The trial judge also misplaced the burden of proof with respect to the issues of accidental death and "implied malice". Immediately following the judge's statement allocating to the appellant the burden of lowering the homicide from murder to manslaughter, quoted supra, he discussed the "allegation" that appellant's gun was fired accidentally. It is clear that the judge did find that he could not "accept the Defendant's allegation the gun went off accidentally". It appears, however, that he made such a finding, not because he found that the State had proved beyond a reasonable doubt that appellant intentionally fired the gun, but because the appellant failed to prove by a preponderance of the evidence that the killing was unintentional. It is clear also that the trial judge found "at least implied malice" from the act of firing the gun "the natural tendency of which was to cause death or great bodily harm", even though, as the judge said, there may have been "no actual intent to injure". Here again, however, it appears that the trial judge found "implied malice", not because he was convinced of it beyond a reasonable doubt, but because the appellant had failed to convince him by a preponderance *466 of the evidence that it did not exist. Immediately after finding "implied malice", the judge said:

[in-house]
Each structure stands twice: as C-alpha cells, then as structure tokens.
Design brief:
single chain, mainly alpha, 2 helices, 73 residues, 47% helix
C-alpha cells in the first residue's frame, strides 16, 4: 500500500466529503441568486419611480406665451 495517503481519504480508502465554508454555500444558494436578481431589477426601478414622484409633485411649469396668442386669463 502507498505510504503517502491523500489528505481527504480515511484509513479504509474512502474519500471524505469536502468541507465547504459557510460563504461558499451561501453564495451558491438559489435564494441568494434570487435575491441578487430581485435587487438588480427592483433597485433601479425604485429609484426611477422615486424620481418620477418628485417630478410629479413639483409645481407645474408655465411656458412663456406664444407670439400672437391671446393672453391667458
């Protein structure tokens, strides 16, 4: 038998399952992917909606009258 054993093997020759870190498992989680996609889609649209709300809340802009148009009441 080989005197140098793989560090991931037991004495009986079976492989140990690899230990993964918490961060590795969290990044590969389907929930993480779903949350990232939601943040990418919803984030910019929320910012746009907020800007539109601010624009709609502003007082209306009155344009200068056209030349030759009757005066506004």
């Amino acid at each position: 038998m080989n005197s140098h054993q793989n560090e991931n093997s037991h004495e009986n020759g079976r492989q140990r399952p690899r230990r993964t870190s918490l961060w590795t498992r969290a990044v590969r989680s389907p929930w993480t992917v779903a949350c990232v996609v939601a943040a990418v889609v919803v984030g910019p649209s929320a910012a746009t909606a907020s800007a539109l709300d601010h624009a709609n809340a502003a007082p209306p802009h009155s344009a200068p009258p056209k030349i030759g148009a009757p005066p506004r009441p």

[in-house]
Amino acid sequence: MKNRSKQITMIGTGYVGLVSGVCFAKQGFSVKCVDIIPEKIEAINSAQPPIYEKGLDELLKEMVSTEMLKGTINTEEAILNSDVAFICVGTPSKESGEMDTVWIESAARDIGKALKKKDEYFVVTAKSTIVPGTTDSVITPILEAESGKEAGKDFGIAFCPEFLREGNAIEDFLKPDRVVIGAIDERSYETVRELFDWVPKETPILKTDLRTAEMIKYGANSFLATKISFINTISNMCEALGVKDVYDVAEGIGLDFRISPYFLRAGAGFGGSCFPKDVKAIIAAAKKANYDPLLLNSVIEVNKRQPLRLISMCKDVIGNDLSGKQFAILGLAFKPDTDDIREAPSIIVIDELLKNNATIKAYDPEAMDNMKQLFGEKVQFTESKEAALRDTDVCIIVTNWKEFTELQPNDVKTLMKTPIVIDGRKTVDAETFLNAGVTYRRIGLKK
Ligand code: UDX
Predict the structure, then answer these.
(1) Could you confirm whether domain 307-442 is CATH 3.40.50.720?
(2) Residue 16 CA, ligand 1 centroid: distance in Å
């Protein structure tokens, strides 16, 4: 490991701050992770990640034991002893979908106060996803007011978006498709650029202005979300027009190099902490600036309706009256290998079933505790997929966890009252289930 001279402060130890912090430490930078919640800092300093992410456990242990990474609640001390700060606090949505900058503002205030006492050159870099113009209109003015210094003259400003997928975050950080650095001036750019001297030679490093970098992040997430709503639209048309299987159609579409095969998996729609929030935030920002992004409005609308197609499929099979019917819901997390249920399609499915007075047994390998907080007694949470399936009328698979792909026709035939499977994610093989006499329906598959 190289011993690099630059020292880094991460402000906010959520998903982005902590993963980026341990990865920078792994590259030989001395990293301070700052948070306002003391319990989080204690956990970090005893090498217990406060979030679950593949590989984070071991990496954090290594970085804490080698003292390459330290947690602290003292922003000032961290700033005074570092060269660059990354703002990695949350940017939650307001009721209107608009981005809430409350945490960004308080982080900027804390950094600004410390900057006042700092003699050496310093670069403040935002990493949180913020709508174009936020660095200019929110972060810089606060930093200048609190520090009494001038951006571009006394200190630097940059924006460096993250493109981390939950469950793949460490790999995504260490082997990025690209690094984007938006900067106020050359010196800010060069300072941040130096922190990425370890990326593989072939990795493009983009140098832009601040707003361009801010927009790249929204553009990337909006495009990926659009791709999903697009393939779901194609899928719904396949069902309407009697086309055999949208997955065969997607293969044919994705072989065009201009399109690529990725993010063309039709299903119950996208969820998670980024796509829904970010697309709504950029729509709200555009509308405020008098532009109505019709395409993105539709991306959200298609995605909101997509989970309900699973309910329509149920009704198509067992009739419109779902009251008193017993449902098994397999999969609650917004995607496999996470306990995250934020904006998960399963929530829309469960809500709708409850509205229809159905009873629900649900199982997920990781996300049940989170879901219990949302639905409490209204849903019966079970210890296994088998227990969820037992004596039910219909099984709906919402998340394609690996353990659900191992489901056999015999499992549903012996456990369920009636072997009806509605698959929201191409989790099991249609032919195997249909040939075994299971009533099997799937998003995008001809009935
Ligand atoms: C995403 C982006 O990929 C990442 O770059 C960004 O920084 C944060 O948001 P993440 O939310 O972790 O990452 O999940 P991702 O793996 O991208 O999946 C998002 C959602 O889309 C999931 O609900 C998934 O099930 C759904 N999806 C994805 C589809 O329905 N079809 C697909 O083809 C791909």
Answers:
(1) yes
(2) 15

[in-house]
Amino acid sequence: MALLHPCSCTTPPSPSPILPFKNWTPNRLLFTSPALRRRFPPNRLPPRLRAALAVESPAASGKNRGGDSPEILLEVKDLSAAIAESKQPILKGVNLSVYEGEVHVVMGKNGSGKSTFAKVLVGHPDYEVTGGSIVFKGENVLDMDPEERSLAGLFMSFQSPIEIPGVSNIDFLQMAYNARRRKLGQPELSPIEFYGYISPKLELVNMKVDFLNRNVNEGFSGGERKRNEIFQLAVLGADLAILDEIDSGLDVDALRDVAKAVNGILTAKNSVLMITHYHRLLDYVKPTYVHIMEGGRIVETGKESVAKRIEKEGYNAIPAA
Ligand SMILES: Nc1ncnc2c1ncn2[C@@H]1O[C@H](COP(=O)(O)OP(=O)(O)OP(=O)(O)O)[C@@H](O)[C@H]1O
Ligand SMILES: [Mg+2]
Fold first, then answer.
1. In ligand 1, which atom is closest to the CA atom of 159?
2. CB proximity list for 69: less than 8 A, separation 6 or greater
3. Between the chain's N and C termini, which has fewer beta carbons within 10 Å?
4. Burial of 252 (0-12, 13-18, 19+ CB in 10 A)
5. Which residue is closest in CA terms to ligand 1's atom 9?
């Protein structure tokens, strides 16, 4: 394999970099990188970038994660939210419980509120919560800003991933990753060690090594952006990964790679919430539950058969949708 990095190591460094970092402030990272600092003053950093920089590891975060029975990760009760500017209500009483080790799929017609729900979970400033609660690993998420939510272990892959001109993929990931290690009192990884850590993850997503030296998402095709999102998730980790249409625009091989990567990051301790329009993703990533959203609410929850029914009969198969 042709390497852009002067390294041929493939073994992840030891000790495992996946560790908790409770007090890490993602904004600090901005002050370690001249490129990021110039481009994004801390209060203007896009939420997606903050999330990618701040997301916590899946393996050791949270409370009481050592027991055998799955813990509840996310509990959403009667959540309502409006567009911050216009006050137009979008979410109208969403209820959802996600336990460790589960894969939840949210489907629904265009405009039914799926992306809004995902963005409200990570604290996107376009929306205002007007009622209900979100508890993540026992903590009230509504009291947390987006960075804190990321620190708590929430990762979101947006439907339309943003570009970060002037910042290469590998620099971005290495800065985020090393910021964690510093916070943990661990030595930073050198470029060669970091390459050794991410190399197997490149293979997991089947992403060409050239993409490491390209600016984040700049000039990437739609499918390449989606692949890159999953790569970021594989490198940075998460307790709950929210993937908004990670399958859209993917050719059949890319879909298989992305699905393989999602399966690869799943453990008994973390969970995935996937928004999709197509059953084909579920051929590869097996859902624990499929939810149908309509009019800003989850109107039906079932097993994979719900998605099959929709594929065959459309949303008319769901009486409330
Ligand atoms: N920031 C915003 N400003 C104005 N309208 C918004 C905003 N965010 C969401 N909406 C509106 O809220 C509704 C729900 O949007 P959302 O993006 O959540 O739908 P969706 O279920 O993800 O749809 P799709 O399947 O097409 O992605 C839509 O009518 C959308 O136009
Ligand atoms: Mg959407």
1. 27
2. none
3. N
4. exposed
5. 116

"Thus, the Court is not persuaded by a preponderance of the evidence that the killing here is manslaughter and accordingly finds the Defendant guilty on Count One of murder in the second degree".

That the burden is upon the State to prove beyond a reasonable doubt every element of malice necessary to constitute the crime of second degree murder (including, where the issue is fairly generated, an intentional act which produced the homicide even where the homicidal agency is not an issue) is now firmly established. Evans v. State, supra. See also Wilson v. State, 28 Md. App. 168, in which we held, even before Evans v. State, that the burden was upon the prosecution to overcome, and not upon the defense to prove, an issue of accidental killing fairly generated by the evidence.

Judgments reversed.

Case remanded for new trial.


[1] To constitute assault with intent to murder, it must be shown that had the victim of the assault died as a result of the assault, the crime would have been murder. It would not be enough to show that the resulting homicide would have been manslaughter. Shuck v. State, supra.